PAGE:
Helping in-laws out of credit card debt

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Dear Debt Adviser,
My in-laws, who are both over 65, are living on Social Security. They have no savings, about $35,000 equity in a house valued at $70,000 and approximately $30,000 in credit card debt. I realize I must address their spending habits to prevent future debt and am working on a spending plan for them now. What and how is the best way to eliminate their credit card debt? Should they refinance? Should they take a home equity loan? Should I buy their house and let them pay me rent, not to exceed their current mortgage payment? Thanks in advance for your answer.
— Harry

Dear Harry,
I think your in-laws are lucky to have you. I’m more than a little concerned that you are the one writing to me, not the in-laws or their offspring. You are right on track with working out a spending plan. However, it is critical that the in-laws participate in this process. It will be much easier for them to stick to the plan if they feel it’s their plan, not yours.

You said they are over 65. I assume you picked that number because they are not over any other round number such as 70 or 80. Heck, for that matter, at 85 my father was a ball of fire! So most likely, they are far from feeble and helpless. In fact, they probably are still employable, at least part time. Some great community service organizations can help them re-enter the work force with confidence and dignity. Check with your local United Way or chamber of commerce for some recommendations.

Be wary of taking over their finances. Not having savings is a real problem, whether you are 65 or 35. If there is no really good reason for this lack of a nest egg, be doubly careful how much you offer to help. You are not a retirement plan!

Here’s my advice. Try it, then stand aside and see what happens.

First, have a long talk to help them see clearly why they have this much debt on credit cards this late in the game. They have to understand what they did so they can stop doing it in the future.

Next, have them put together a spending plan and include debt payments. Encourage them to include some part-time or even full-time work. Work stimulates, helps pay the bills and it’s harder to spend money while working than when idle.

They have so few assets that I’d be wary of tapping the house for funds via a home equity loan unless it is part of an overall plan to improve their financial situation. Your offer to buy the home and then charge them rent may sound like a dream come true to them. But think of the potential for the deal to become a nightmare for you if they can’t or won’t make the payments. You’ll have absolutely no practical recourse in that situation.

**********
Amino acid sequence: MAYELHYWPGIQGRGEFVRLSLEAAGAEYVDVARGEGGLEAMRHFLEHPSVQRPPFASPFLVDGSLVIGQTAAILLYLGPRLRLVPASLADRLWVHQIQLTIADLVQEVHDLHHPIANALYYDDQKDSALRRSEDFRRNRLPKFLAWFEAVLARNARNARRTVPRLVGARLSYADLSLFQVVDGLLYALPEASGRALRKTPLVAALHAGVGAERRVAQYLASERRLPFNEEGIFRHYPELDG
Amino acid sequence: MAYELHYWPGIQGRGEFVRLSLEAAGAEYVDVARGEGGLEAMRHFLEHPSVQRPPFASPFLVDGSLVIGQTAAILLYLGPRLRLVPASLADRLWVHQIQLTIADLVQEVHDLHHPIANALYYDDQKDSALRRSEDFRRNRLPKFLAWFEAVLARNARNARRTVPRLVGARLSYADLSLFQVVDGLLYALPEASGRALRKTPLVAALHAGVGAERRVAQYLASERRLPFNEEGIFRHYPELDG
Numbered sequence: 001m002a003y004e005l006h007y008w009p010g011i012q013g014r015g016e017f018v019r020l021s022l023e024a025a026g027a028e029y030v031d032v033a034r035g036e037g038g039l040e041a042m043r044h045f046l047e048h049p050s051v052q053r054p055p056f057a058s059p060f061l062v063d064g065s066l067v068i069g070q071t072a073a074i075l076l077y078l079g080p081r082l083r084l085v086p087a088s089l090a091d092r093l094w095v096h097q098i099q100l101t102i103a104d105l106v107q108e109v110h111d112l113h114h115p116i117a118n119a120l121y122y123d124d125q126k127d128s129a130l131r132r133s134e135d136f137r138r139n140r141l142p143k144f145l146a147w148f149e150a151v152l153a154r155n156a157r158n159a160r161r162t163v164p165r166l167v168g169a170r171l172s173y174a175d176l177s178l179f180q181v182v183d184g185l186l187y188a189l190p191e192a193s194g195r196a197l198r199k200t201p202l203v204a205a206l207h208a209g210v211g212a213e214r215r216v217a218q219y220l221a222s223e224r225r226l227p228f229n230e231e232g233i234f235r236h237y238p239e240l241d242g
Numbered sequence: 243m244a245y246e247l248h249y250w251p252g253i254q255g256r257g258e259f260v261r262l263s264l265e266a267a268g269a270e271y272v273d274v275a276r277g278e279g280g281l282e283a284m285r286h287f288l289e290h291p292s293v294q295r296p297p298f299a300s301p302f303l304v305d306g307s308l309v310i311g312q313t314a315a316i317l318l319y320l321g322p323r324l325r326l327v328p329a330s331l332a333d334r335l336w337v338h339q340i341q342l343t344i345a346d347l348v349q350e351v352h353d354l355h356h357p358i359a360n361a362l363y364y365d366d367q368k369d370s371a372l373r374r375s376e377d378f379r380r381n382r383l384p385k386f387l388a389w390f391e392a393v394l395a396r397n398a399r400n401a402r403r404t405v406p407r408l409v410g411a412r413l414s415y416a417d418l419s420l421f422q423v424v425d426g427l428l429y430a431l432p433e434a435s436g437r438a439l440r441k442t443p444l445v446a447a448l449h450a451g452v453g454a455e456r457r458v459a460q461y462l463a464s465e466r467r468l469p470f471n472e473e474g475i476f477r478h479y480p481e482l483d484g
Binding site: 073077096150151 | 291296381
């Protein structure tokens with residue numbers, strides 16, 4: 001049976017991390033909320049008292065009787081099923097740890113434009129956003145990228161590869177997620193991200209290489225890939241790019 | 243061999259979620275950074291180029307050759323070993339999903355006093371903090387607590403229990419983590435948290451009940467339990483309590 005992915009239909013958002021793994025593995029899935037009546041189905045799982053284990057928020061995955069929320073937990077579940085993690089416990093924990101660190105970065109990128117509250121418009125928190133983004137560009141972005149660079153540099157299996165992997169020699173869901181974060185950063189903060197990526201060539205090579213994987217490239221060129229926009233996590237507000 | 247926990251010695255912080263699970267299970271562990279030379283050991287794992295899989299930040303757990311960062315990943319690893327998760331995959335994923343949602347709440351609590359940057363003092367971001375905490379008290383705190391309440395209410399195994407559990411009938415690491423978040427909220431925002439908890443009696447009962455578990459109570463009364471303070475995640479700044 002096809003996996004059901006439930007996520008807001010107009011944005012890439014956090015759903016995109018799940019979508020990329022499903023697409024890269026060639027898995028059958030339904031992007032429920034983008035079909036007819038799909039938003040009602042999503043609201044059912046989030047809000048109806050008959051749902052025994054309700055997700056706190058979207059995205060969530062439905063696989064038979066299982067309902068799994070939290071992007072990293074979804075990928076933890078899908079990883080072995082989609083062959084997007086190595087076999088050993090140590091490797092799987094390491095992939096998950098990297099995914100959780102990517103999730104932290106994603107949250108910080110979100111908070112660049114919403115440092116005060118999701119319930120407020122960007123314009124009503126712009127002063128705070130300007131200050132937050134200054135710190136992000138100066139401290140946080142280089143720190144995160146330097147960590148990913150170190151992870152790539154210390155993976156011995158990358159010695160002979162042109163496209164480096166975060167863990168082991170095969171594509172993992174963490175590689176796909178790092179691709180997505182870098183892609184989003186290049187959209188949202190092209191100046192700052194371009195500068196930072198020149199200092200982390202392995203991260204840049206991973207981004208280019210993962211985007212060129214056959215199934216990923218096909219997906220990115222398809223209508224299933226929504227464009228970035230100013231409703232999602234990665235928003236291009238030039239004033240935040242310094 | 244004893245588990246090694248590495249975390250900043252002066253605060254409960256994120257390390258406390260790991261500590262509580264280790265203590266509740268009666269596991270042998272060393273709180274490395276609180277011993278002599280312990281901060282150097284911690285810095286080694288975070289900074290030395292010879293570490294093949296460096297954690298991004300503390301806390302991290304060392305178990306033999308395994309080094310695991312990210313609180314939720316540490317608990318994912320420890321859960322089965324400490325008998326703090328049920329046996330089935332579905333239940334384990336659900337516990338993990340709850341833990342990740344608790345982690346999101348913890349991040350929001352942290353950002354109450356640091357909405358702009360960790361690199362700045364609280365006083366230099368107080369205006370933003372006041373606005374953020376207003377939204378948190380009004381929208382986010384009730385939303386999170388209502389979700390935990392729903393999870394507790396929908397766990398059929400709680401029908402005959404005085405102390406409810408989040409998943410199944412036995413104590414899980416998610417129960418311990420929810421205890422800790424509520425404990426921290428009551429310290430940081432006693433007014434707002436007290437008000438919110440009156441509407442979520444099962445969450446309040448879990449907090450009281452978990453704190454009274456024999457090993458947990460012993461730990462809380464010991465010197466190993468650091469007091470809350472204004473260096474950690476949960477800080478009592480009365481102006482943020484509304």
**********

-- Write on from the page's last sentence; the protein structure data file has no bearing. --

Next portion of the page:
If they want to look into a reverse mortgage, I’d suggest you send them to a good HUD-approved HECM, or home equity conversion mortgage, credit counselor to see if that makes any sense. They won’t be alone! David Jones, president of the Association of Independent Consumer Credit Counseling Agencies, says he’s noticed a “major uptick” in older clients seeking counseling.

Paying the minimum amounts due on credit card balances can be frustrating and takes around seven to 10 years to accomplish payoff, depending on the lenders’ policies. Getting relief in the form of lower interest payments may make a real difference. Many lenders have hardship programs that seniors (and others) may request and for which they may qualify. These programs lower the interest rate on the balance due, which allows more of the payments to pay off principal.

If their reduced spending plan does not free up enough money to make some sort of significant payment on the debt, then bankruptcy may be a reasonable alternative to consider. Lastly, be careful of community property laws if your state has them and be sure to use a good attorney who is sensitive to elder issues if you go down that road.

Your in-laws have years of life ahead, and it is not too late for them to plan for them. Offer them advice, love, compassion and encouragement — but resist the urge to be their savior.

Good luck!

The Debt Adviser, Steve Bucci, is the president of Money Management International Financial Education Foundation and the author of ” Credit Repair Kit for Dummies.” Visit MMI for additional debt advice or to ask a question of the Debt Adviser go to the ” Ask the Experts” page and select “debt” as the topic.